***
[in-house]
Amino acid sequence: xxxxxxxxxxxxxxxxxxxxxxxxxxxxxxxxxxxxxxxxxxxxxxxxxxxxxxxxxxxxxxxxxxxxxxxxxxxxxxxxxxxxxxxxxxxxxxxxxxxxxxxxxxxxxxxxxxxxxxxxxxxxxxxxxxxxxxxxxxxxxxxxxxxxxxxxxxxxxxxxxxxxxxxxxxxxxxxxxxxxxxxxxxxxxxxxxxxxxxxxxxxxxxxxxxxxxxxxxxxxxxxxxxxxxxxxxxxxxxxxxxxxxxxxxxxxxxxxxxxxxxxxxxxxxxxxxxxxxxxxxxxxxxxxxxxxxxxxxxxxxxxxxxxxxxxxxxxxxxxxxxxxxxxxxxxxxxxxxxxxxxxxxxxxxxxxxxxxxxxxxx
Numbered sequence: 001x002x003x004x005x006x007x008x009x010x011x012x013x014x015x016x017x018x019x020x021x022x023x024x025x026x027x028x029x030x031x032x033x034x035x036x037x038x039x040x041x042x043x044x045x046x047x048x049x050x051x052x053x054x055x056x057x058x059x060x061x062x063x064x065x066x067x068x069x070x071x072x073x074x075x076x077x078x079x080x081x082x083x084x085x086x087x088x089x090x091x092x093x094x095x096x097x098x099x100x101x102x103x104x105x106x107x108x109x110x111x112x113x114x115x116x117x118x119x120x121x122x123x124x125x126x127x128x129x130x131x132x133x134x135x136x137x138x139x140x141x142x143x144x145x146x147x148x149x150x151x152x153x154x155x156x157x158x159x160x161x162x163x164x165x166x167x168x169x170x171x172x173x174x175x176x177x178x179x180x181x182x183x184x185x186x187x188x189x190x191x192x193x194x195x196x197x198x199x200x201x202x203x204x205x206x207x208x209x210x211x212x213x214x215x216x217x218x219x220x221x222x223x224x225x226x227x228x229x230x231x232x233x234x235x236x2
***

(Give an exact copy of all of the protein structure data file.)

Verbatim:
[in-house]
Amino acid sequence: xxxxxxxxxxxxxxxxxxxxxxxxxxxxxxxxxxxxxxxxxxxxxxxxxxxxxxxxxxxxxxxxxxxxxxxxxxxxxxxxxxxxxxxxxxxxxxxxxxxxxxxxxxxxxxxxxxxxxxxxxxxxxxxxxxxxxxxxxxxxxxxxxxxxxxxxxxxxxxxxxxxxxxxxxxxxxxxxxxxxxxxxxxxxxxxxxxxxxxxxxxxxxxxxxxxxxxxxxxxxxxxxxxxxxxxxxxxxxxxxxxxxxxxxxxxxxxxxxxxxxxxxxxxxxxxxxxxxxxxxxxxxxxxxxxxxxxxxxxxxxxxxxxxxxxxxxxxxxxxxxxxxxxxxxxxxxxxxxxxxxxxxxxxxxxxxxxxxxxxxxx
Numbered sequence: 001x002x003x004x005x006x007x008x009x010x011x012x013x014x015x016x017x018x019x020x021x022x023x024x025x026x027x028x029x030x031x032x033x034x035x036x037x038x039x040x041x042x043x044x045x046x047x048x049x050x051x052x053x054x055x056x057x058x059x060x061x062x063x064x065x066x067x068x069x070x071x072x073x074x075x076x077x078x079x080x081x082x083x084x085x086x087x088x089x090x091x092x093x094x095x096x097x098x099x100x101x102x103x104x105x106x107x108x109x110x111x112x113x114x115x116x117x118x119x120x121x122x123x124x125x126x127x128x129x130x131x132x133x134x135x136x137x138x139x140x141x142x143x144x145x146x147x148x149x150x151x152x153x154x155x156x157x158x159x160x161x162x163x164x165x166x167x168x169x170x171x172x173x174x175x176x177x178x179x180x181x182x183x184x185x186x187x188x189x190x191x192x193x194x195x196x197x198x199x200x201x202x203x204x205x206x207x208x209x210x211x212x213x214x215x216x217x218x219x220x221x222x223x224x225x226x227x228x229x230x231x232x233x234x235x236x2